Until those main identifiers emerge, advertisers won’t spend anywhere near as much as they did on targeted ads in some browsers. Spend in the Safari browser already seems to have taken a hit judging by discussions at Dmexco. “You can’t track the audience so the pricing has gone down,” said an ad exec who oversees ad budgets on the browser. “Safari has lower sell-through, a lower CPM at the moment. Firefox is also starting to decline. It’s too soon to tell what’s happening to Chrome.”
Reflections on life after the cookie were emblematic of a more introspective Dmexco this year. SSPs are among those that have the most to consider. SSPs have two businesses: They have low-margin pipes that deliver ads to anyone: and they are yield management consultants for publishers. The problem is most SSPs can’t afford to decouple those two and so they charge a heavy percentage on fees to cover both. That model seems to be coming under more scrutiny as SSPs search for new revenue streams.
“I don’t think the SSPs are even a thing anymore,” said the CTO of an SSP. “The lines between who does what in ad tech are blurring as supply paths are collapsing. We’re in a market where bypassing each other is an industry.”
For all the existential questions facing ad tech right now, many of its constituents don’t seem to have turned to Dmexco for answers like they have in the past. The Koelnmesse conference center wasn’t as packed as it has been in recent years, as observed by several ad execs at the event. Dmexco also felt less extravagant in 2019. There wasn’t as much free swag foisted on attendees as they bounded between stands. Nor were the booth parties that tend to conclude the opening day as extravagant as they have been. In fact, two well-known ad tech vendors did a joint party instead of investing in the costly sum of putting on their individual events.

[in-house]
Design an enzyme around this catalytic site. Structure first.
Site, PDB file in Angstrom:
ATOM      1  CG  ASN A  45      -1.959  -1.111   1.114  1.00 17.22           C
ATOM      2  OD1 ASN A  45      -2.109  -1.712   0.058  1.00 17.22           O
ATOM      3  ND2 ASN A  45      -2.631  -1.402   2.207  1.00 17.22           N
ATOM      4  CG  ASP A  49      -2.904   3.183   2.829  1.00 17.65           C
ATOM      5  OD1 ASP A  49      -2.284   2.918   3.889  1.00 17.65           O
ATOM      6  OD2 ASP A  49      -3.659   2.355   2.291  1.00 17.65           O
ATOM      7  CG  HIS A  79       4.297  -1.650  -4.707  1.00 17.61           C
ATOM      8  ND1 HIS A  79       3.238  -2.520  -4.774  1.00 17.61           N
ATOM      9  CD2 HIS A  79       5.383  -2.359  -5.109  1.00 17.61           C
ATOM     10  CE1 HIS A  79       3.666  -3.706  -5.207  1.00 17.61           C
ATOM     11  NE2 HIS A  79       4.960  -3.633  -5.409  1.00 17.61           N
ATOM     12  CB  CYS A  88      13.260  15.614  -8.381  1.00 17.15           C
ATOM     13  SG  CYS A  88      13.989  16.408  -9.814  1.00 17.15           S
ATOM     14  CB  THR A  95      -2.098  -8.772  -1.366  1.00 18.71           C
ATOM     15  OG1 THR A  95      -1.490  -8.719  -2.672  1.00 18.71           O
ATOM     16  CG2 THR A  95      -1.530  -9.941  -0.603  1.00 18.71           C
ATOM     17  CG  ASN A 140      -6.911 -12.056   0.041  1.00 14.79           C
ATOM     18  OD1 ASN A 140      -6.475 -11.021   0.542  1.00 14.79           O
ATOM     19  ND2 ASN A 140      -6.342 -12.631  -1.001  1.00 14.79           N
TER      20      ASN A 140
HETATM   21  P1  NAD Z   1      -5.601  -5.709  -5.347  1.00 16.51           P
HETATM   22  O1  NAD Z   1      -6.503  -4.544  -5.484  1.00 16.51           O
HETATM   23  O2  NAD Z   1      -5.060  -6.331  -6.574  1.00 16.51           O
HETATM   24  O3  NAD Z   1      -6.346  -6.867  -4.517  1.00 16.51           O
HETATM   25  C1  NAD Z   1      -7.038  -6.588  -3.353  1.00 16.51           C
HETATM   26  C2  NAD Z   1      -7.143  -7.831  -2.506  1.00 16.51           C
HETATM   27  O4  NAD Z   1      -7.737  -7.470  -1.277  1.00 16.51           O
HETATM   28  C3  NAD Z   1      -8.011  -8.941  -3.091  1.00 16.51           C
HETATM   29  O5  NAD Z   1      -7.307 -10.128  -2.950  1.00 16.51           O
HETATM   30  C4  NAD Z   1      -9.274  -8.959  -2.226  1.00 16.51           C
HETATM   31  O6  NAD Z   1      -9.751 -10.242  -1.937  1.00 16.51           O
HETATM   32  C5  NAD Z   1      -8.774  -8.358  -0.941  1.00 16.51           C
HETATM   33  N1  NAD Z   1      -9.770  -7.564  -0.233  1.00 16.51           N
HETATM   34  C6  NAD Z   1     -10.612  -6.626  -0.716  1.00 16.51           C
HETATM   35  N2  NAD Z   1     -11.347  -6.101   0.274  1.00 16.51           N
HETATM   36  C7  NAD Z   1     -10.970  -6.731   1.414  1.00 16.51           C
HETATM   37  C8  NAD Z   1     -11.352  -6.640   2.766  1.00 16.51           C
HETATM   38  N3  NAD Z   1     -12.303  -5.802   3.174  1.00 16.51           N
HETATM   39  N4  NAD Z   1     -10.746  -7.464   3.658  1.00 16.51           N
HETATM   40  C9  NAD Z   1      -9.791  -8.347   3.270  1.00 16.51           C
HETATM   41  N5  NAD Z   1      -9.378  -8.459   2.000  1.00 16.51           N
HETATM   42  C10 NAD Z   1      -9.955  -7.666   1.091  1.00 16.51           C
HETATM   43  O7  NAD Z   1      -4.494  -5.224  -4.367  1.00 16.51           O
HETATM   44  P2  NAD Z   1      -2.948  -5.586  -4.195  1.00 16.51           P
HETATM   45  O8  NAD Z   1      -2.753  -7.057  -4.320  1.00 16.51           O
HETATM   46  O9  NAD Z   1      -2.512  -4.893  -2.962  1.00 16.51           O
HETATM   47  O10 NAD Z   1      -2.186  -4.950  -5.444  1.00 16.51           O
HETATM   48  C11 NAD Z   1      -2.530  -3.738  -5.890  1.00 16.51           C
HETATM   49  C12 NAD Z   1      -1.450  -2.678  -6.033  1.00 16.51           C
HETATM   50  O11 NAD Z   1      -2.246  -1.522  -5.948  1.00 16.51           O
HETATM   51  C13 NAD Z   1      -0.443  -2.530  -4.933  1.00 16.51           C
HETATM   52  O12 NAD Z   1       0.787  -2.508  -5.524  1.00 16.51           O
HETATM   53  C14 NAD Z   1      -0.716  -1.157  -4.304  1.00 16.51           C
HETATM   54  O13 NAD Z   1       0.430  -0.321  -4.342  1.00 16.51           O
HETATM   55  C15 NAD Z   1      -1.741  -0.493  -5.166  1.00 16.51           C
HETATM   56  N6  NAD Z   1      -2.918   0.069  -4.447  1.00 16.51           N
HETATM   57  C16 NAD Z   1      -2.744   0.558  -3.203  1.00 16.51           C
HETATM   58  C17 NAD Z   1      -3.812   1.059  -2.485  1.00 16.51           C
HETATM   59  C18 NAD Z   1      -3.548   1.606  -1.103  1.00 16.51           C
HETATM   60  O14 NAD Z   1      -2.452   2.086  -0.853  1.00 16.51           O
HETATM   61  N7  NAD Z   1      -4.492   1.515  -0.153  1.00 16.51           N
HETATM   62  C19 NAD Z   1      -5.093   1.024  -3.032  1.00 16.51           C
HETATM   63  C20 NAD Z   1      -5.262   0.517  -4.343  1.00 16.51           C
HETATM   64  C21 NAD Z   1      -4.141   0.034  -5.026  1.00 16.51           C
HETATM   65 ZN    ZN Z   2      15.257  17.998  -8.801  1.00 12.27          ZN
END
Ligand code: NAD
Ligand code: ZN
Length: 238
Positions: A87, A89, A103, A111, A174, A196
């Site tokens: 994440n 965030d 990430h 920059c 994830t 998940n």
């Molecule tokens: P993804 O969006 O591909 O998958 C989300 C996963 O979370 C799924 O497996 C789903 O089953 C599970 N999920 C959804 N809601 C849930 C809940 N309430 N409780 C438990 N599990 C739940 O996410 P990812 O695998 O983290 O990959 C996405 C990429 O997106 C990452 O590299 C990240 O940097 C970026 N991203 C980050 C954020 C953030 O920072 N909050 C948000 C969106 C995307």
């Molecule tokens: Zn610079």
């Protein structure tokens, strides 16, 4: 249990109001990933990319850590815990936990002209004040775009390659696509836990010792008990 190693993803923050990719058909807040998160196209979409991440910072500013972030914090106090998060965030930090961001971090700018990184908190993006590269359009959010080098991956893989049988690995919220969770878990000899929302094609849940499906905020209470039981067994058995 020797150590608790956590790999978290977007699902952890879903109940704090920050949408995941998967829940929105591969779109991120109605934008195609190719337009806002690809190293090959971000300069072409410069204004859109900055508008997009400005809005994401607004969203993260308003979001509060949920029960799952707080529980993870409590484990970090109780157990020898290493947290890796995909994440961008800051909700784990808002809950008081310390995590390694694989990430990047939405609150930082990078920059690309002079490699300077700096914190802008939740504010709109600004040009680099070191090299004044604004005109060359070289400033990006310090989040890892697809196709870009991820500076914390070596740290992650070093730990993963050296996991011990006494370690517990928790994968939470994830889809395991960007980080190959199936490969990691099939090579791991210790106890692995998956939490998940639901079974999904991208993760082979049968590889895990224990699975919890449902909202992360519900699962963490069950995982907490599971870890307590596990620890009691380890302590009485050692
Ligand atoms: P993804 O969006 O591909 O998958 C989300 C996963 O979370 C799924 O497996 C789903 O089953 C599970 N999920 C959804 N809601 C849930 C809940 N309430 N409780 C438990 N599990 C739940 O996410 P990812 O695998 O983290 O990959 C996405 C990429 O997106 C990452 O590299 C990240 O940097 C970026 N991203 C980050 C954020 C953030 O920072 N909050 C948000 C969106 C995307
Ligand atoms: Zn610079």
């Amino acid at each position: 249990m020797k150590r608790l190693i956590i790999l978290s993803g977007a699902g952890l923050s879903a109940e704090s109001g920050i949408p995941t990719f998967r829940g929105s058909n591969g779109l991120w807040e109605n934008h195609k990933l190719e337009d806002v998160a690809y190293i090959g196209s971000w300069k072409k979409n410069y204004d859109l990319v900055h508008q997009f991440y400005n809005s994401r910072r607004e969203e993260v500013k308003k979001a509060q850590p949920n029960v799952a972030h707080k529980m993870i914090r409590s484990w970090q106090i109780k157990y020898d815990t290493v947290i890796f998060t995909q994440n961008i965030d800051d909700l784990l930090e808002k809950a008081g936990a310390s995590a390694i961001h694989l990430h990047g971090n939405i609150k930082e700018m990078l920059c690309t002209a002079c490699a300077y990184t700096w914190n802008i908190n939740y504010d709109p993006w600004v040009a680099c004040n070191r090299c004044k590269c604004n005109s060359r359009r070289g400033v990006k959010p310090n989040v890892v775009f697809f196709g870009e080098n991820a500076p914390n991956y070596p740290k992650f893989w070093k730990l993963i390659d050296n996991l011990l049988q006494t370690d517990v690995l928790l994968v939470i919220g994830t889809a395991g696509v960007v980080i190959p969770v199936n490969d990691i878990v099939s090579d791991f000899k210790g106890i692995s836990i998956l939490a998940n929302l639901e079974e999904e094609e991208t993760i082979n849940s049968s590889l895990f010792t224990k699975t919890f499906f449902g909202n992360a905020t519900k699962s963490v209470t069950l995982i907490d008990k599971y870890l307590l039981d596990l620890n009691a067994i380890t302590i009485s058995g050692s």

“When Medialink is no longer at an event like Dmexco, then you know something has gone wrong behind the scenes. Dmexco was their premium event after Cannes. It seems like they knew something we didn’t, as it feels quieter this year.”
Being at Dmexco isn’t cheap either, so it’s no wonder some ad tech vendors dialed down their presence this year or stayed away completely. Exhibitors are charged €289.00 ($318.15) per square meter for a stand they design themselves or €444.00 ($488.78) for one designed for them, according to the event’s price list document that was shared with Digiday by an exhibitor. Charges also include €100.00 ($110.09) per square meter for additional marketing and €10.50 ($11.56) for the flat rate energy fee, per the document.
Spiraling costs aside, ad tech seems to have moved past the hype phase that the conference has been so good at inflating. Instead, many execs seem to have stayed away from Dmexco to focus on getting their ad tech stacks in order. Being in ad tech is more about overcoming challenges now. There was a glimpse of that last year when the industry was reeling from the arrival of the General Data Protection Regulation. But while last year the execs who attended were content to “keep calm and carry on, this year that seems like a less viable option. As one senior marketer put it: “I’m past coming to shows to buy the latest new tech. I need to focus on making it work.”